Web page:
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Special Aspects Of

Special Aspects Of

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Special Aspects of Perinatal Pharmacology

(Drug Therapy in Pregnancy and Lactation)
Gideon Koren, MD & Martin S.Cohen, MD Dept. of Pediatric Pharmacology Faculty of Medicine, University of Toronto, Canada (Teks dari Katzung BG, Basic & Clinical Pharmacology, 6thed, 1995) Kuliah sebelumnya Pengantar Perinatologi Kuliah berikutnya Congenital Malformations Menu / Daftar Isi CAKUL ADA KOREKSI / TAMBAHAN !?!? EMAIL ABUD !!!! Homepage Abud

The effects of drugs on the fetus and newborn infant are based on the general principles. However, the physiologic context in which these pharmacologic laws operate, are DIFFERENT in pregnant women and in rapidly maturing infants. At present, the special pharmacokinetic factors operative in these patients are beginning to be understood, whereas information regarding pharmacodynamic differences (eg, receptor characteristics and response) is still quite preliminary. This chapter presents basic principles of pharmacology in the special context of perinatal and pediatric therapeutics.

Pharmacokinetics Most drugs taken by pregnant women CAN cross the placenta and expose the developing embryo and fetus to their pharmocologic and teratogenic effects. Critical factors affecting placental drug transfer and drug effects on the fetus include the following : 1. The physiochemical properties of the drug 2. The rate at which the drug crosses the placenta and the amount sure to the drug 3. The duration of exposure to the drug 4. Distribution characteristics in different fetal tissues 5. The stage of placental and fetal development at the time of exposure to the drug 6. The effects of drugs used in combination A. Lipid Solubility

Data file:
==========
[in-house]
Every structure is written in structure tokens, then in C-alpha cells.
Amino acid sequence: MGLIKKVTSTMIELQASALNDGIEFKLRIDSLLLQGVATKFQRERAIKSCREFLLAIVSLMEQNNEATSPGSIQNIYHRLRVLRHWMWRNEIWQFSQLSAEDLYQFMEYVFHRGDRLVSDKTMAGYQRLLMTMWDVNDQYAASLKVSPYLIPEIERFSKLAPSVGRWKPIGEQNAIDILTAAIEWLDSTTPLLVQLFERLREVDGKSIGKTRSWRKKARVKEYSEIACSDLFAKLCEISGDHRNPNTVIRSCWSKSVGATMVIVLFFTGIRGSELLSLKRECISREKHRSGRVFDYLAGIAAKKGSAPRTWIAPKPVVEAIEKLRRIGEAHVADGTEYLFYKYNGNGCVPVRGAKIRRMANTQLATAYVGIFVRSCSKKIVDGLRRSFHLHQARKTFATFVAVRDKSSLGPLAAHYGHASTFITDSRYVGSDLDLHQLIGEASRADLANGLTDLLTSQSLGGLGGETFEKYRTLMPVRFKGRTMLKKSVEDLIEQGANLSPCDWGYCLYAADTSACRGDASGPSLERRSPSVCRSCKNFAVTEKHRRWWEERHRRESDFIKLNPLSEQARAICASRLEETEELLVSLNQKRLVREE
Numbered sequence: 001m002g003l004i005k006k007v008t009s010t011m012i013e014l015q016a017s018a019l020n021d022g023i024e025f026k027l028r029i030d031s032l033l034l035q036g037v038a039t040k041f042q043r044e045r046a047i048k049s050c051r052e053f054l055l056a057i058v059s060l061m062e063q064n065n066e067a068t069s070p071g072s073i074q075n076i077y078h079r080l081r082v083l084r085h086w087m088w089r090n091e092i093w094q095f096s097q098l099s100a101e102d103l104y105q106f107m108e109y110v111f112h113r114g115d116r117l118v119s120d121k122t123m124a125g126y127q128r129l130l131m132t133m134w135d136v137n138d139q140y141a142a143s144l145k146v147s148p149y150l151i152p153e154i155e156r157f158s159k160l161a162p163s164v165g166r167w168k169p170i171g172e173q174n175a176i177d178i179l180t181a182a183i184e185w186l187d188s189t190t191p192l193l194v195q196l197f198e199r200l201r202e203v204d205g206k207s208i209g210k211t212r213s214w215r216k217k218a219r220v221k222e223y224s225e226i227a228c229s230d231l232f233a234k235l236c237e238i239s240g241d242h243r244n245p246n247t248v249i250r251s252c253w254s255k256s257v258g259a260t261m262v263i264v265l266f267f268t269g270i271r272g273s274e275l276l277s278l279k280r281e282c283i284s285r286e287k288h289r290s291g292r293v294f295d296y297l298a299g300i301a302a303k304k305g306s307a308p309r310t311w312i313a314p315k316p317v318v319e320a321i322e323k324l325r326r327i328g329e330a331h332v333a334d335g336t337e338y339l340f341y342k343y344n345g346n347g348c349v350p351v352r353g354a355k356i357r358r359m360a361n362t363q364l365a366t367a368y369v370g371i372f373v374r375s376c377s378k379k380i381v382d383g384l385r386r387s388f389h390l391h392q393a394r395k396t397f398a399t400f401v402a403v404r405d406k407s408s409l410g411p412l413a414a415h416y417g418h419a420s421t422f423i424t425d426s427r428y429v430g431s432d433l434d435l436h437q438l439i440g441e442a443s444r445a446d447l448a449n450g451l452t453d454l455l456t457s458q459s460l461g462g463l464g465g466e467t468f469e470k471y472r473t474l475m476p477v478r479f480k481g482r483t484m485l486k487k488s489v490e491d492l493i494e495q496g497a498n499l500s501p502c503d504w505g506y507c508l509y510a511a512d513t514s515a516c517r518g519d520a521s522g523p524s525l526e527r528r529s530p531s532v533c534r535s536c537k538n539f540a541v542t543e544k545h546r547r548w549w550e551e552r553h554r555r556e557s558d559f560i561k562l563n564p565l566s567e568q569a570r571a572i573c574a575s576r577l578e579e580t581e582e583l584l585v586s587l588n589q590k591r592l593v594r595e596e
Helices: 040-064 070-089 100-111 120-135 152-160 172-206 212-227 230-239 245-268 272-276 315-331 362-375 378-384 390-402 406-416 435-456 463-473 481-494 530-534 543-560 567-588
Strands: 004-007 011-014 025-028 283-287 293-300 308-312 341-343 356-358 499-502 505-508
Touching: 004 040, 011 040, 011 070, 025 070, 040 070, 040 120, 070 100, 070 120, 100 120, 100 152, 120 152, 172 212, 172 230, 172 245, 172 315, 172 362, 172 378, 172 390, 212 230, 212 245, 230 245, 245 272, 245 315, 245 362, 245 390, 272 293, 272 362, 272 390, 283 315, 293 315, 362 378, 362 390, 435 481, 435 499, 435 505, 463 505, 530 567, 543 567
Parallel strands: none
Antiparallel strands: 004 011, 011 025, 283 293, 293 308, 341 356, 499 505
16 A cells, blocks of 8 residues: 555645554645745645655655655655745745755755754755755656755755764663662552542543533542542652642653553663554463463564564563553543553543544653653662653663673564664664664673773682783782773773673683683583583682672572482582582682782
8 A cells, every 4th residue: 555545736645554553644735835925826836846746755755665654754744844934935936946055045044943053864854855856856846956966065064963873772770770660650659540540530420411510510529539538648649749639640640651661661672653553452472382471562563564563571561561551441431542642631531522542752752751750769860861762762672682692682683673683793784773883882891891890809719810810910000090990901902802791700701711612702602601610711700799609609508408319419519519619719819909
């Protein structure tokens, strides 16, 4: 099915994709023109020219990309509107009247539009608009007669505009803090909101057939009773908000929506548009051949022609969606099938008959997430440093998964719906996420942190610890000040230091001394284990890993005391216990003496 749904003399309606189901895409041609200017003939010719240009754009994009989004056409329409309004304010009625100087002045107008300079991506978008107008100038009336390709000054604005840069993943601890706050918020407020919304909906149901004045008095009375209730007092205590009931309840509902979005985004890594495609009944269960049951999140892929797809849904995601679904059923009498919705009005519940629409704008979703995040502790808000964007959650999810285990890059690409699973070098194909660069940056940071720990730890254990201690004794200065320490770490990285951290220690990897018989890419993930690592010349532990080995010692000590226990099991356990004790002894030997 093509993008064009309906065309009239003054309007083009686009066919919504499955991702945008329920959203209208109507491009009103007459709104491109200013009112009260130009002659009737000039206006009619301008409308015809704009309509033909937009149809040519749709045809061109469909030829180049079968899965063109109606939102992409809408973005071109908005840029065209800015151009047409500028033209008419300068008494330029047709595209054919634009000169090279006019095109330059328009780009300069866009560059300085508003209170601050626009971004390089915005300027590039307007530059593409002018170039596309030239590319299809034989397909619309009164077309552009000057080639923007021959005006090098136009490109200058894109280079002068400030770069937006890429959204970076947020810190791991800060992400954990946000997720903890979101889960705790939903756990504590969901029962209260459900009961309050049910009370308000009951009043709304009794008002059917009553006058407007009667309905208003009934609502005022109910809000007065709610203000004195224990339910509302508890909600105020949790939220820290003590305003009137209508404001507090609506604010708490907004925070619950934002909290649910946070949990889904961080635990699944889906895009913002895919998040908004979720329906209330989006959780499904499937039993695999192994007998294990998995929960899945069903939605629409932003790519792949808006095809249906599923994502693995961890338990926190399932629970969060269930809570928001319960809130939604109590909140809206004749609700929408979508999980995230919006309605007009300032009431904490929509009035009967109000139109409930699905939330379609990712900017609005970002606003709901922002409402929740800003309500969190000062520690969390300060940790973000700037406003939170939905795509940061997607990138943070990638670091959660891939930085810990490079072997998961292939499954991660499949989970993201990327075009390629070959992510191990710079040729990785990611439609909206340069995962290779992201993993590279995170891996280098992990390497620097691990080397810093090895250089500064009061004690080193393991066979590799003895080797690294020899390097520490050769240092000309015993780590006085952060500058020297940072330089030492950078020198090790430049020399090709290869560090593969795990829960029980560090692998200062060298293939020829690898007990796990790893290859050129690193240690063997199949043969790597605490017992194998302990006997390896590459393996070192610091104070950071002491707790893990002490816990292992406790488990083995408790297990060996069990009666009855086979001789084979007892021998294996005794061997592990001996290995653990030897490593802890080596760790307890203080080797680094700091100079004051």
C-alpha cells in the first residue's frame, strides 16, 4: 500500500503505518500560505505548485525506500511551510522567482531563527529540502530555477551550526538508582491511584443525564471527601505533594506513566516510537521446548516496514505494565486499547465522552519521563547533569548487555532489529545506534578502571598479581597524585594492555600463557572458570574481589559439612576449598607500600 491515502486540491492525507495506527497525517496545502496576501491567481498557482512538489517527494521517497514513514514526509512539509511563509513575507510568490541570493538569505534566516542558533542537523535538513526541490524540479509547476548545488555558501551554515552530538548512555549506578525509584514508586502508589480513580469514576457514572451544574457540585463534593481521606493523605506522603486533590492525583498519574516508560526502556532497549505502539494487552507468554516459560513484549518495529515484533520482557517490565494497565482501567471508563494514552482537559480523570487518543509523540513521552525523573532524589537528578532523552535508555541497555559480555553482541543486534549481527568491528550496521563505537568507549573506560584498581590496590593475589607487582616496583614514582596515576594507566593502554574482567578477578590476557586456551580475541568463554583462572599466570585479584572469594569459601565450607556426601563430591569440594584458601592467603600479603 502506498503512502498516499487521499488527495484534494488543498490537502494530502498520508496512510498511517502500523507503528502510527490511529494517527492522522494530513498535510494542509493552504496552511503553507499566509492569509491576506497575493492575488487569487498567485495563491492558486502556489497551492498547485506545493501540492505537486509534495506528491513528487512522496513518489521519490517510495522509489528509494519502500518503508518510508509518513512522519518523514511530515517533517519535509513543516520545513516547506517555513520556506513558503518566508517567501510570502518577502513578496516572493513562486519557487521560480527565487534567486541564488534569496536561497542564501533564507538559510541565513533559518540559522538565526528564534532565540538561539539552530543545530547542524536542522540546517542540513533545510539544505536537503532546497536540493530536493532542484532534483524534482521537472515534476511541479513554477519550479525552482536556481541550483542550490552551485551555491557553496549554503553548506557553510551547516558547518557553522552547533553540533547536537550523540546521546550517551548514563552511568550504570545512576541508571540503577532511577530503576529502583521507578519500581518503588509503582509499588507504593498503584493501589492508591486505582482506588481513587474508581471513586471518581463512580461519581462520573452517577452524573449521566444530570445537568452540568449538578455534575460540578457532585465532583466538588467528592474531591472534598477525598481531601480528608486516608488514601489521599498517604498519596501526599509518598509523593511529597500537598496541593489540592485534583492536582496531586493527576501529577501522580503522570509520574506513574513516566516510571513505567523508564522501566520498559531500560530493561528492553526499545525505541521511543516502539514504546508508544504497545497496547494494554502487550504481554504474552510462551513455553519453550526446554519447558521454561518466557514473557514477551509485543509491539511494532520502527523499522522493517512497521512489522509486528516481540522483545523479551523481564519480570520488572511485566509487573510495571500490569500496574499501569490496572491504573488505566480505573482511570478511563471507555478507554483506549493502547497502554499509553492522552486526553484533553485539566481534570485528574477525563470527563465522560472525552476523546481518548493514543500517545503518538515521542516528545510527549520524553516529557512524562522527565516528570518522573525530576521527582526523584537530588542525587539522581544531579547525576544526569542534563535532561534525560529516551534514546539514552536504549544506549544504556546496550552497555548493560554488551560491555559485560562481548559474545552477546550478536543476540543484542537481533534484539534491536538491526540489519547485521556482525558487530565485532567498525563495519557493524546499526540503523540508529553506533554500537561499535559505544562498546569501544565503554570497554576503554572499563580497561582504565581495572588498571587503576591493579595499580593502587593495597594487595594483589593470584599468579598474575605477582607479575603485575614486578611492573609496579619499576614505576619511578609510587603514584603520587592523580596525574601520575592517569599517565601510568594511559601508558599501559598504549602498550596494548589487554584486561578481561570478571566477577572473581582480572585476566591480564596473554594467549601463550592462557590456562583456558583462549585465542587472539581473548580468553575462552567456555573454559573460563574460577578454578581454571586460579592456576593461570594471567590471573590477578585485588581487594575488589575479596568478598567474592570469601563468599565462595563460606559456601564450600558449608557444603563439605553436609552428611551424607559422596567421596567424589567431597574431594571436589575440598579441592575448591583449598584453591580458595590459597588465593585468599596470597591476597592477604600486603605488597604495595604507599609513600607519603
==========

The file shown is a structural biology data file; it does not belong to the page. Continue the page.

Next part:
Ethanol and phenobarbital are oxidized in this way.As is true also of other biologic membranes. heparin is unable to cross the placenta. barbiturates. D. phenytoin. hydroxylation. some anesthetic gases). and those with molecular weights greater than 1000 cross very poorly. N-dealkylation. Drugs with molecular weights of 250-500 can cross the placenta easily. . (2) Drugs that have crossed the placenta enter the fetal circulation via the umbilical vein. Placental and Fetal Drug Metabolism Two mechanisms help to protect the fetus from drugs in the maternal circulation : (1) The placenta itself plays a role both as a semipermeable barrier and as a site of metabolism of some drugs passing through it. If a drug is poorly lipid-soluble and is ionized. thiopental. it will not be affected greatly by protein binding. those with molecular weights of 500-1000 cross the placenta with more difficulty. In addition. drug passage across the placenta is dependent on lipid solubility and the degree of drug ionization. Unlike warfarin. This is because very lipid-soluble drugs diffuse across placental membranes so rapidly that their overall rates of equilibration do not depend on the free drug concentrations becoming equal on both sides. C. depending upon their lipid solubility and degree of ionization. Conversely. This occurs because the small amount of salicylate that is not ionized is highly lipid-soluble. demethylation) have been shown to occur in placental tissue. Transfer of these more lipid-soluble drugs and their overall rates of equilibration are more dependent on (and proportionate to) placental blood flow. This has been shown for sulfonamides. Because it is a very large (and polar) molecule. Salicylate. benzypyrenes). which is teratogenic and should be avoided during the first trimester. About 40-60% of umbilical venous blood flow enters the fetal liver. cross the placenta slowly and achieve very low concentrations in the fetus. and local anesthetic agents. However. it is possible that the metabolic capacity of the placenta may lead to creation of toxic metabolites. If high enough maternal-fetal concentration gradients are achieved. Impermeability of the placenta to polar compounds is relative rather than absolute. crosses the placenta rapidly. and the placenta may therefore augment toxicity (eg. Lipophilic drugs tend to diffuse readily across the placenta and enter the fetal circulation. For example. ethanol. the remaiinder bypasses the liver and enters the general fetal circulation. A drug that enters the liver may be partly metabolized there before it enters the fetal circulation. Highly ionized drugs such as succinylcholine and tubocurarine. Several different types of aromatic oxidation reactions (eg. Protein Binding The degree to which a drug is bound to plasma proteins (particularly albumin) may also affect the rate of transfer and the amount of drugs transferred. polar compounds cross the placenta in measurable amounts. which is almost completely ionized at physiologic pH. heparin may be safely given to pregnant women who need anticoagulation. if a compound is very lipid-soluble (eg. a large proportion of drug present in the umbilical artery (returning to the placenta) may be shunted through the placenta back to the umbilical vein and into the liver again. a drug commonly used for cesarean sections. Differential protein binding is also important. An important clinical application of this property is the choice of heparin as an anticoagulant in pregnant women. crosses the placenta almost immediately and can produce sedation or apnea in the newborn infant. its transfer is slow and will probably be impeded by its binding to maternal plasma proteins. Apparent exceptions to the "size rule" are maternal antibody globulins and certain polypeptides that cross the placenta by some selective mechanisms that has not yet been identified. since some drugs exhibit greater protein binding in maternal plasma than in fetal plasma because of a lowered binding affinity of fetal proteins. It should be noted that metabolites of some drugs may be more active than the parent compound and may affect the fetus adversely. B. also used for cesarean section. Molecular Size The molecular weight of the drug also influences the rate of transfer and the amount of drug transferred across the placenta.